Clear Creek Creative

In the winter of 2014, land prospectors started showing up in Rockcastle County, Kentucky. They were scoping out land for the next big hydraulic fracturing, or “fracking”,  boom in Appalachia, looking to extract mineral rights and resources before the coal industry finally took its last dying breaths. Using divide-and-conquer tactics, they were hoping to buy up land leases from families in the community, offering money as the cold winter months approached in exchange for mineral rights.

It was a tactic that had worked in other communities, where the promise of profit sharing had lured residents into leases that allowed corporate access to drill for oil and gas on their land. Unfortunately, the corporations rarely kept up their end of the bargain, devastating not only property and the natural environment, but families’ checkbooks, too – contracts were reneged, payment percentages drastically reduced, if paid at all, and the corporations extracted the wealth and the resources, leaving community members with nothing but contaminated water, increased risk of earthquakes, air and noise pollution, and empty pockets.

That winter in Rockcastle County was different. Many in the community were already well aware of the resource extraction and land exploitation in their region and beyond, and they had recently come together to talk about it through a dynamic, intentional process that celebrated art, culture, and story sharing to envision a different path forward.

Clear Creek Creative in Rockcastle County is an initiative in which Carrie Brunk and Bob Martin facilitate art, cultural and Bob Martin in the play, Cry You Onecommunity organizing and leadership development programming. They had hosted the Clear Creek Festival for 8 years leading up to that winter, bringing artists of varied disciplines and backgrounds together in an annual event that lifted up popular education, foodways, relationship building, and community. Just a few months before the land men arrived on locals’ doorsteps, Clear Creek had added a theater component to the festival to embrace the larger stories of the place it calls home, the people who are its neighbors, and to engage with community members in creative dialogue about land and culture. To facilitate the process and build bridges of commonality over geographical divides, they invited Cry You One, a theater project of New Orleans companies ArtSpot Productions and Mondo Bizarro, to collaborate, bringing their performance that addressed the consequences of extraction in the Gulf Coast to an Appalachian context and a Clear Creek audience of 150 people.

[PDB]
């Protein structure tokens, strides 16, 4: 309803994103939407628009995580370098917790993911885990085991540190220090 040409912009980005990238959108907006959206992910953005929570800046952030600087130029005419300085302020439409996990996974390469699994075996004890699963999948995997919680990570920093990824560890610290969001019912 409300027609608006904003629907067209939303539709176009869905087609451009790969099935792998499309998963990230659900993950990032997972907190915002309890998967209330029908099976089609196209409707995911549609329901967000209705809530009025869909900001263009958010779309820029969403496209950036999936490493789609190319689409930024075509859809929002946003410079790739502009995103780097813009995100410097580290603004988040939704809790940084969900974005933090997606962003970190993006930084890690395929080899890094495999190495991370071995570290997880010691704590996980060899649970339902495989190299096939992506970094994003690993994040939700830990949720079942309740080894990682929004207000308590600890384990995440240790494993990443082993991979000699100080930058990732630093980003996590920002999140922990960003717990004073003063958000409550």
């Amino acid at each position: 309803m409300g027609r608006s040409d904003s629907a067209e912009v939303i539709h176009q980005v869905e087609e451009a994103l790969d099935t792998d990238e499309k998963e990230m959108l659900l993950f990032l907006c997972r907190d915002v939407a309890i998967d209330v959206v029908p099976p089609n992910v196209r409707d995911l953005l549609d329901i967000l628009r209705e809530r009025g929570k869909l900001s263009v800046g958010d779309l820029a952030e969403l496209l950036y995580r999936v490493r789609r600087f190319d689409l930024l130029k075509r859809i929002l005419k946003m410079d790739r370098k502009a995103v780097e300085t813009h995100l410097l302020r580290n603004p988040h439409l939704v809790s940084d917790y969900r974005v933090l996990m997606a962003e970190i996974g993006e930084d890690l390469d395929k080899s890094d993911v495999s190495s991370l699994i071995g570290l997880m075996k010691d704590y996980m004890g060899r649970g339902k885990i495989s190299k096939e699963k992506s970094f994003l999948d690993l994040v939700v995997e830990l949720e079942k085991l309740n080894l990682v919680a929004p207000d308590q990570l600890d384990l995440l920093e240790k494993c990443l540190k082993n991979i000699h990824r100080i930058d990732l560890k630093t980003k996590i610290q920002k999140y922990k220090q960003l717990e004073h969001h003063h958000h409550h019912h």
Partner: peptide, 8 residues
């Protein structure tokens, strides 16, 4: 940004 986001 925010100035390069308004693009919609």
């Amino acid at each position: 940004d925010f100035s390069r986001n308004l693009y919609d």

The heartfelt response to the performance inspired Clear Creek to organize community members to create an Appalachian reflection on Cry You One, lifting up the same themes of land, place, loss, and community connection. They embarked on a parallel process, crafting community meals with local farmers in a setting that invited participants to share stories and exchange ideas. The resulting dialogue was infused into a culminating performance of the community’s theater response. Soon after Cry You One wrapped, the land men came to town, and the themes and relationships the performance and its collaborative process had fostered helped bolster the community and rallied them to respond.

“Rather than being isolated in our homes, we had all been talking through this art piece on extraction,” Clear Creek Creative’s Bob Martin says. Clear Creek organized a new dialogue in response to the land grab, inviting the community to share who was visiting their homes and the details of the proposed leases. “[It was] building a unified front that this is not the place you want to start grabbing bargain basement land and speculating,” Martin says. The community’s opposition ran the prospectors out of town, and the process that began with Cry You One and continued with community organizing had solidified residents’ commitment to examine what they wanted for the land as part of a region in economic transition from the coal crisis.